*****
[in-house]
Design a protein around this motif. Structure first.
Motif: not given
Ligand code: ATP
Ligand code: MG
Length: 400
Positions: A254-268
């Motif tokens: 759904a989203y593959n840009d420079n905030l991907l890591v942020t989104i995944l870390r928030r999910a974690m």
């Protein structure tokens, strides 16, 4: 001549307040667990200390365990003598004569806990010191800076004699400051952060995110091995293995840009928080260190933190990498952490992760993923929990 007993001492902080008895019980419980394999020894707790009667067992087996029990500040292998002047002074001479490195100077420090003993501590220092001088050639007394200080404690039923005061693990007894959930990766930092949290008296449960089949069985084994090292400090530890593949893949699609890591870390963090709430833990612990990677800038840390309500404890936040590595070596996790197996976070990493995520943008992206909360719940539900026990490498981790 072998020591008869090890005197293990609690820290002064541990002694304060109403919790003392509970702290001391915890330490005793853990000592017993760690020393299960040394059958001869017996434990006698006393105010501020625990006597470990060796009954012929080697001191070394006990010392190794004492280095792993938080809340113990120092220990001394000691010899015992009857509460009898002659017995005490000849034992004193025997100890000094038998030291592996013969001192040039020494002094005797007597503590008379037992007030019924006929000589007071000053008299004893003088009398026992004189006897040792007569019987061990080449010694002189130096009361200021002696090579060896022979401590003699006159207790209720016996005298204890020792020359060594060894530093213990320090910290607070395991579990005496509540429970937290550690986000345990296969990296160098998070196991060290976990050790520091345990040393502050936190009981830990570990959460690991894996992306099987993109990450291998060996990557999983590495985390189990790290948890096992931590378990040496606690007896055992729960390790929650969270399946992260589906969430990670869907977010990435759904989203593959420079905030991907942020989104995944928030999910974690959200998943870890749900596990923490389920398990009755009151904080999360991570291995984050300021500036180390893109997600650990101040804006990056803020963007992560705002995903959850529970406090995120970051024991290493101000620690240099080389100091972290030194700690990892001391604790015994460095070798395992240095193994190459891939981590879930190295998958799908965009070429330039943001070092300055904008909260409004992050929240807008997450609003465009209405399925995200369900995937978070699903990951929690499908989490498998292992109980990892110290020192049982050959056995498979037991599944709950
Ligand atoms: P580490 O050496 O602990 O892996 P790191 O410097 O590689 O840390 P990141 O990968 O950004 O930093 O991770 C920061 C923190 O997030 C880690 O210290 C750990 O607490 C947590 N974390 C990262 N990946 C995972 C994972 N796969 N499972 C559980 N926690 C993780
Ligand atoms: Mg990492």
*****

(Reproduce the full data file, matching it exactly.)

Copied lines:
[in-house]
Design a protein around this motif. Structure first.
Motif: not given
Ligand code: ATP
Ligand code: MG
Length: 400
Positions: A254-268
């Motif tokens: 759904a989203y593959n840009d420079n905030l991907l890591v942020t989104i995944l870390r928030r999910a974690m």
């Protein structure tokens, strides 16, 4: 001549307040667990200390365990003598004569806990010191800076004699400051952060995110091995293995840009928080260190933190990498952490992760993923929990 007993001492902080008895019980419980394999020894707790009667067992087996029990500040292998002047002074001479490195100077420090003993501590220092001088050639007394200080404690039923005061693990007894959930990766930092949290008296449960089949069985084994090292400090530890593949893949699609890591870390963090709430833990612990990677800038840390309500404890936040590595070596996790197996976070990493995520943008992206909360719940539900026990490498981790 072998020591008869090890005197293990609690820290002064541990002694304060109403919790003392509970702290001391915890330490005793853990000592017993760690020393299960040394059958001869017996434990006698006393105010501020625990006597470990060796009954012929080697001191070394006990010392190794004492280095792993938080809340113990120092220990001394000691010899015992009857509460009898002659017995005490000849034992004193025997100890000094038998030291592996013969001192040039020494002094005797007597503590008379037992007030019924006929000589007071000053008299004893003088009398026992004189006897040792007569019987061990080449010694002189130096009361200021002696090579060896022979401590003699006159207790209720016996005298204890020792020359060594060894530093213990320090910290607070395991579990005496509540429970937290550690986000345990296969990296160098998070196991060290976990050790520091345990040393502050936190009981830990570990959460690991894996992306099987993109990450291998060996990557999983590495985390189990790290948890096992931590378990040496606690007896055992729960390790929650969270399946992260589906969430990670869907977010990435759904989203593959420079905030991907942020989104995944928030999910974690959200998943870890749900596990923490389920398990009755009151904080999360991570291995984050300021500036180390893109997600650990101040804006990056803020963007992560705002995903959850529970406090995120970051024991290493101000620690240099080389100091972290030194700690990892001391604790015994460095070798395992240095193994190459891939981590879930190295998958799908965009070429330039943001070092300055904008909260409004992050929240807008997450609003465009209405399925995200369900995937978070699903990951929690499908989490498998292992109980990892110290020192049982050959056995498979037991599944709950
Ligand atoms: P580490 O050496 O602990 O892996 P790191 O410097 O590689 O840390 P990141 O990968 O950004 O930093 O991770 C920061 C923190 O997030 C880690 O210290 C750990 O607490 C947590 N974390 C990262 N990946 C995972 C994972 N796969 N499972 C559980 N926690 C993780
Ligand atoms: Mg990492």